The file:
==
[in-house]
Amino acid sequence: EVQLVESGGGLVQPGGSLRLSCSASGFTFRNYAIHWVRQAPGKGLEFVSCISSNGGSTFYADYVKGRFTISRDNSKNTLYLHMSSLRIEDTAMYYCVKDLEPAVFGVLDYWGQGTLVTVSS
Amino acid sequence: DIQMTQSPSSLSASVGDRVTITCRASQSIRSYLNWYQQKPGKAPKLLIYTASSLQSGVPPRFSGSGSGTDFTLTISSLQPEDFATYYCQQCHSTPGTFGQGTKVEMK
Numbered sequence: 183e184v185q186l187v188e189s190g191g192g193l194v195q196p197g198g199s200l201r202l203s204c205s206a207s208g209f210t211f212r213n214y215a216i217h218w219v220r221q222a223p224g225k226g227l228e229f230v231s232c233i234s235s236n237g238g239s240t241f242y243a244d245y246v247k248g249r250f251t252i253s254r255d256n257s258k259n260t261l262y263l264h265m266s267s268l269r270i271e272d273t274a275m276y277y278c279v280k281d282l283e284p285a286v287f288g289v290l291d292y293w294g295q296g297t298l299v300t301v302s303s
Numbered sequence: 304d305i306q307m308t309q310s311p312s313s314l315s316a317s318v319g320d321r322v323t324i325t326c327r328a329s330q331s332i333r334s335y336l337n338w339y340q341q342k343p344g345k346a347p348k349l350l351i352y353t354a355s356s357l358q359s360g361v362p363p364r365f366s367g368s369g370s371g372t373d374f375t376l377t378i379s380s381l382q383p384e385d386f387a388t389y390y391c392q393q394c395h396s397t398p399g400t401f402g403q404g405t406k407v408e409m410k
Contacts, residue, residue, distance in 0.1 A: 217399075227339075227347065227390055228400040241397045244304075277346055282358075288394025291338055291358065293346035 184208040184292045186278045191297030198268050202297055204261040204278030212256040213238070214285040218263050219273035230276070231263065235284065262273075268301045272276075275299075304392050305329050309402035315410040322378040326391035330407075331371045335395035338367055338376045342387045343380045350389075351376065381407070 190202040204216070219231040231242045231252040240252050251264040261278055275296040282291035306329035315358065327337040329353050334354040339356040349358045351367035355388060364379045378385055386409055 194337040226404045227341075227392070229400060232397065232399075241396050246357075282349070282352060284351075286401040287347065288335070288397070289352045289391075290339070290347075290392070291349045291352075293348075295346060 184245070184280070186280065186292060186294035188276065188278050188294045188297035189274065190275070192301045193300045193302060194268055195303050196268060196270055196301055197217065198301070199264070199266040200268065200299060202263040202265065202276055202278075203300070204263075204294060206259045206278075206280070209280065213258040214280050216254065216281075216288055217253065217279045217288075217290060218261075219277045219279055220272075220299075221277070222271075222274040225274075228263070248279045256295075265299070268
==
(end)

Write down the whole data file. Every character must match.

[in-house]
Amino acid sequence: EVQLVESGGGLVQPGGSLRLSCSASGFTFRNYAIHWVRQAPGKGLEFVSCISSNGGSTFYADYVKGRFTISRDNSKNTLYLHMSSLRIEDTAMYYCVKDLEPAVFGVLDYWGQGTLVTVSS
Amino acid sequence: DIQMTQSPSSLSASVGDRVTITCRASQSIRSYLNWYQQKPGKAPKLLIYTASSLQSGVPPRFSGSGSGTDFTLTISSLQPEDFATYYCQQCHSTPGTFGQGTKVEMK
Numbered sequence: 183e184v185q186l187v188e189s190g191g192g193l194v195q196p197g198g199s200l201r202l203s204c205s206a207s208g209f210t211f212r213n214y215a216i217h218w219v220r221q222a223p224g225k226g227l228e229f230v231s232c233i234s235s236n237g238g239s240t241f242y243a244d245y246v247k248g249r250f251t252i253s254r255d256n257s258k259n260t261l262y263l264h265m266s267s268l269r270i271e272d273t274a275m276y277y278c279v280k281d282l283e284p285a286v287f288g289v290l291d292y293w294g295q296g297t298l299v300t301v302s303s
Numbered sequence: 304d305i306q307m308t309q310s311p312s313s314l315s316a317s318v319g320d321r322v323t324i325t326c327r328a329s330q331s332i333r334s335y336l337n338w339y340q341q342k343p344g345k346a347p348k349l350l351i352y353t354a355s356s357l358q359s360g361v362p363p364r365f366s367g368s369g370s371g372t373d374f375t376l377t378i379s380s381l382q383p384e385d386f387a388t389y390y391c392q393q394c395h396s397t398p399g400t401f402g403q404g405t406k407v408e409m410k
Contacts, residue, residue, distance in 0.1 A: 217399075227339075227347065227390055228400040241397045244304075277346055282358075288394025291338055291358065293346035 184208040184292045186278045191297030198268050202297055204261040204278030212256040213238070214285040218263050219273035230276070231263065235284065262273075268301045272276075275299075304392050305329050309402035315410040322378040326391035330407075331371045335395035338367055338376045342387045343380045350389075351376065381407070 190202040204216070219231040231242045231252040240252050251264040261278055275296040282291035306329035315358065327337040329353050334354040339356040349358045351367035355388060364379045378385055386409055 194337040226404045227341075227392070229400060232397065232399075241396050246357075282349070282352060284351075286401040287347065288335070288397070289352045289391075290339070290347075290392070291349045291352075293348075295346060 184245070184280070186280065186292060186294035188276065188278050188294045188297035189274065190275070192301045193300045193302060194268055195303050196268060196270055196301055197217065198301070199264070199266040200268065200299060202263040202265065202276055202278075203300070204263075204294060206259045206278075206280070209280065213258040214280050216254065216281075216288055217253065217279045217288075217290060218261075219277045219279055220272075220299075221277070222271075222274040225274075228263070248279045256295075265299070268